Who hacked Ashley Madison
An estimated 37m Ashley Madison website users' information has been leaked (Reuters)

Hacked adultery website Ashley Madison has been attempting to control the leak of information of its 37 million users by issuing copyright infringement notices to several websites and forcing the deletion of tweets.

In the days after the leak of private information from the website, which allows users to have an affair, several sites popped up that allowed people to enter an email address to see if their details were included in the large data dump.

However, some of these sites, including CheckAshleyMadison.com and AshleyMadisonLeakedData.com, now no longer allow users to check their details after being sent copyright infringement notices from Avid Life Media, the owner of Ashley Madison.

Avid Life is claiming "intellectual property in the data" is being infringed upon and has ordered several sites to be taken down using Digital Millennium Copyright Act (DCMA) requests. Other similar sites, such as HaveIBeenPwned.com, appear to still be operating.

The developers of CheckAshleyMadison confirmed their search site is no longer operational after they were served with a DMCA takedown. They wrote on the website: "During the creation of this site, we made it clear that we wanted to give Ashley Madison's users the ability to check if their accounts have been compromised due to the seemingly faulty and thoughtless work done by Ashley Madison's development team.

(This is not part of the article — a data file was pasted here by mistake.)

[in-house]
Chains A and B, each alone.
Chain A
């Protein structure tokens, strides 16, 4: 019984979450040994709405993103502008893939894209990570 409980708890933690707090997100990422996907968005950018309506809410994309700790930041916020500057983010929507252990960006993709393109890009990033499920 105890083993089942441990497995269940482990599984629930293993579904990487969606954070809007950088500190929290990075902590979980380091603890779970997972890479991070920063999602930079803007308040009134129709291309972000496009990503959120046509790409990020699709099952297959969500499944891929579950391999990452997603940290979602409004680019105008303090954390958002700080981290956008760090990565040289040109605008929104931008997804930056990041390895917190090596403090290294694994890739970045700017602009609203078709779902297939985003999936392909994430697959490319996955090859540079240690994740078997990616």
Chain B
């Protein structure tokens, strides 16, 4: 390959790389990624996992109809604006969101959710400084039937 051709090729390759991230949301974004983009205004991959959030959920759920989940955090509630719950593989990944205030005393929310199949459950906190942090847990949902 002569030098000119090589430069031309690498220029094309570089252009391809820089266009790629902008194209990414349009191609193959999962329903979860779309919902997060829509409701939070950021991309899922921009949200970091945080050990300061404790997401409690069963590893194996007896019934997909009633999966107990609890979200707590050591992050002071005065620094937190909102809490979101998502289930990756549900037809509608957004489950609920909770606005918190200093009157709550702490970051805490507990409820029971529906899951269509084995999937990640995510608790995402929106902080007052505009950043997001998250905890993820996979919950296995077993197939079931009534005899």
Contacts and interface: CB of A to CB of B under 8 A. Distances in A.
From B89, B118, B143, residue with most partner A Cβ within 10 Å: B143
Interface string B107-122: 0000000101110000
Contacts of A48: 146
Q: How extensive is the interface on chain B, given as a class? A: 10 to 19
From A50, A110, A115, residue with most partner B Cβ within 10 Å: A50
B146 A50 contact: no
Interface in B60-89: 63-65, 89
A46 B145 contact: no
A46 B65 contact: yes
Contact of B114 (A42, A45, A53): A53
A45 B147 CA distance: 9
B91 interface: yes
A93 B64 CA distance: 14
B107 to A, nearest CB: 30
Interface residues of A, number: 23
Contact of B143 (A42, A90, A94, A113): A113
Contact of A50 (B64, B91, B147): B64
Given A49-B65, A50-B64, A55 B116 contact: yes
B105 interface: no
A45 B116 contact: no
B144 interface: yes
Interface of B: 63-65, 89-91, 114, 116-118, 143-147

"We have given several users who have contacted us information about the leak, and we tried our best to help them understand the situation. In every single case, we have removed information from our server on request by the user.

"Nonetheless, Ashley Madison's legal team has served us with a DMCA takedown request forcing us to shut down this service. We hope that Avid Life Media will follow-up in the coming days with some sort of help to their userbase and a formal apology, rather than try to sweep it under the rug. It truly shows how much the owners of the site care about their users. We also hope that all of you affected by the leak will be able to find some sort of comfort in the near future after the immense effect this will likely have on many of your personal lives."

A statement on AshleyMadisonLeakedData also confirms the site has been removed following a similar takedown. A spokesperson added: "I created this site as I believed that users should have the right to know if their email and data was compromised. Unfortunately I received a takedown notice from Avid Dating Life Media, Inc so I'm forced to shut down this site; sorry for the inconvenience."

There have been arguments that the websites are being removed despite there being no copyright infringement. Andy Sellars, at Harvard Law School's Berkman Center for Internet and Society, told Gizmodo: "Ashley Madison is using the DMCA in a way that it was never designed to be used in order to suppress reporting on the issue. I think it's a rather clean-cut case here. I think there's clearly not infringement in these cases."

Corynne McSherry, legal director for the Electronic Frontier Foundation (EFF), added: "You should only use the DMCA when you're worried about copyright infringement. If it's just people publishing factual information, it's not infringement. It looks to me like some of the stuff that's targeted is just pure facts."

Elsewhere, Joseph Cox, a writer for tech site Motherboard, claimed three of his tweets were removed for copyright infringement after they were alleged to have contained information from within the Madison Avenue leak. Reddit also removed an Ashley Madison Hack subreddit, where some of the data was uploaded, but did not given an official explanation as to why.